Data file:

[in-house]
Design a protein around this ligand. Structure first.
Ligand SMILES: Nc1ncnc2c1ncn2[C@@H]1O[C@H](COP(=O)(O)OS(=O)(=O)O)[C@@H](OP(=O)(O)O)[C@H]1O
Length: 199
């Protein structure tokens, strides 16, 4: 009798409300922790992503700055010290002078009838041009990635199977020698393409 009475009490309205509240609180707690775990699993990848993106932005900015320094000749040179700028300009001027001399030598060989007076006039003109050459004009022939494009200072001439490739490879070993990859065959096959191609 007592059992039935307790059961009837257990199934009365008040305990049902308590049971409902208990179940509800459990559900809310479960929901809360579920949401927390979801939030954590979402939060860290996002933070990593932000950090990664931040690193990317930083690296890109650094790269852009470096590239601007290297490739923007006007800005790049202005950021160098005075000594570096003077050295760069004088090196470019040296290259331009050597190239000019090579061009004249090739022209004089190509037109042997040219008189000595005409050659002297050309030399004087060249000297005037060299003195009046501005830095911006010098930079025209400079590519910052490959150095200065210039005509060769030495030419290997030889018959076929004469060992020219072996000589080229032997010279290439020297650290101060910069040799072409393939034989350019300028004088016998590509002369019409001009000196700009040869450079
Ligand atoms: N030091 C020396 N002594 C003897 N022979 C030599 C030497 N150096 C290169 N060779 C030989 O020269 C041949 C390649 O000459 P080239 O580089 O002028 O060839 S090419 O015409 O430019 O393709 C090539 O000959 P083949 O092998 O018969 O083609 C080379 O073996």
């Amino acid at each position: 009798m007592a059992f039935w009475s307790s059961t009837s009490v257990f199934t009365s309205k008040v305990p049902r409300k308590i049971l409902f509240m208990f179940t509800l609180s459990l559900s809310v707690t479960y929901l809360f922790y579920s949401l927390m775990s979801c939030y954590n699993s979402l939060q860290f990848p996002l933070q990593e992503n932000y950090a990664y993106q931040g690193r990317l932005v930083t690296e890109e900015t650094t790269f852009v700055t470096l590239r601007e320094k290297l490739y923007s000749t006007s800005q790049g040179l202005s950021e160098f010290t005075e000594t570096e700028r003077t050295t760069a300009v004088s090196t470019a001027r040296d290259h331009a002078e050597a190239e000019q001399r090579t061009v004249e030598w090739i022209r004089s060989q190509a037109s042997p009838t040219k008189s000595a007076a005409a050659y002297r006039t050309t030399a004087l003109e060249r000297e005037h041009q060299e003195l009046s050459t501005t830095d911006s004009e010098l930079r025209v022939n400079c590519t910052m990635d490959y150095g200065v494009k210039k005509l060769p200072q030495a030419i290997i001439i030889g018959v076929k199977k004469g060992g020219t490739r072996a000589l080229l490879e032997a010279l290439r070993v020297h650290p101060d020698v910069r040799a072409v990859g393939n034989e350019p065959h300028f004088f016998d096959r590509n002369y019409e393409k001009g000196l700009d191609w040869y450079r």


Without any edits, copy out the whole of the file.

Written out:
[in-house]
Design a protein around this ligand. Structure first.
Ligand SMILES: Nc1ncnc2c1ncn2[C@@H]1O[C@H](COP(=O)(O)OS(=O)(=O)O)[C@@H](OP(=O)(O)O)[C@H]1O
Length: 199
């Protein structure tokens, strides 16, 4: 009798409300922790992503700055010290002078009838041009990635199977020698393409 009475009490309205509240609180707690775990699993990848993106932005900015320094000749040179700028300009001027001399030598060989007076006039003109050459004009022939494009200072001439490739490879070993990859065959096959191609 007592059992039935307790059961009837257990199934009365008040305990049902308590049971409902208990179940509800459990559900809310479960929901809360579920949401927390979801939030954590979402939060860290996002933070990593932000950090990664931040690193990317930083690296890109650094790269852009470096590239601007290297490739923007006007800005790049202005950021160098005075000594570096003077050295760069004088090196470019040296290259331009050597190239000019090579061009004249090739022209004089190509037109042997040219008189000595005409050659002297050309030399004087060249000297005037060299003195009046501005830095911006010098930079025209400079590519910052490959150095200065210039005509060769030495030419290997030889018959076929004469060992020219072996000589080229032997010279290439020297650290101060910069040799072409393939034989350019300028004088016998590509002369019409001009000196700009040869450079
Ligand atoms: N030091 C020396 N002594 C003897 N022979 C030599 C030497 N150096 C290169 N060779 C030989 O020269 C041949 C390649 O000459 P080239 O580089 O002028 O060839 S090419 O015409 O430019 O393709 C090539 O000959 P083949 O092998 O018969 O083609 C080379 O073996």
């Amino acid at each position: 009798m007592a059992f039935w009475s307790s059961t009837s009490v257990f199934t009365s309205k008040v305990p049902r409300k308590i049971l409902f509240m208990f179940t509800l609180s459990l559900s809310v707690t479960y929901l809360f922790y579920s949401l927390m775990s979801c939030y954590n699993s979402l939060q860290f990848p996002l933070q990593e992503n932000y950090a990664y993106q931040g690193r990317l932005v930083t690296e890109e900015t650094t790269f852009v700055t470096l590239r601007e320094k290297l490739y923007s000749t006007s800005q790049g040179l202005s950021e160098f010290t005075e000594t570096e700028r003077t050295t760069a300009v004088s090196t470019a001027r040296d290259h331009a002078e050597a190239e000019q001399r090579t061009v004249e030598w090739i022209r004089s060989q190509a037109s042997p009838t040219k008189s000595a007076a005409a050659y002297r006039t050309t030399a004087l003109e060249r000297e005037h041009q060299e003195l009046s050459t501005t830095d911006s004009e010098l930079r025209v022939n400079c590519t910052m990635d490959y150095g200065v494009k210039k005509l060769p200072q030495a030419i290997i001439i030889g018959v076929k199977k004469g060992g020219t490739r072996a000589l080229l490879e032997a010279l290439r070993v020297h650290p101060d020698v910069r040799a072409v990859g393939n034989e350019p065959h300028f004088f016998d096959r590509n002369y019409e393409k001009g000196l700009d191609w040869y450079r």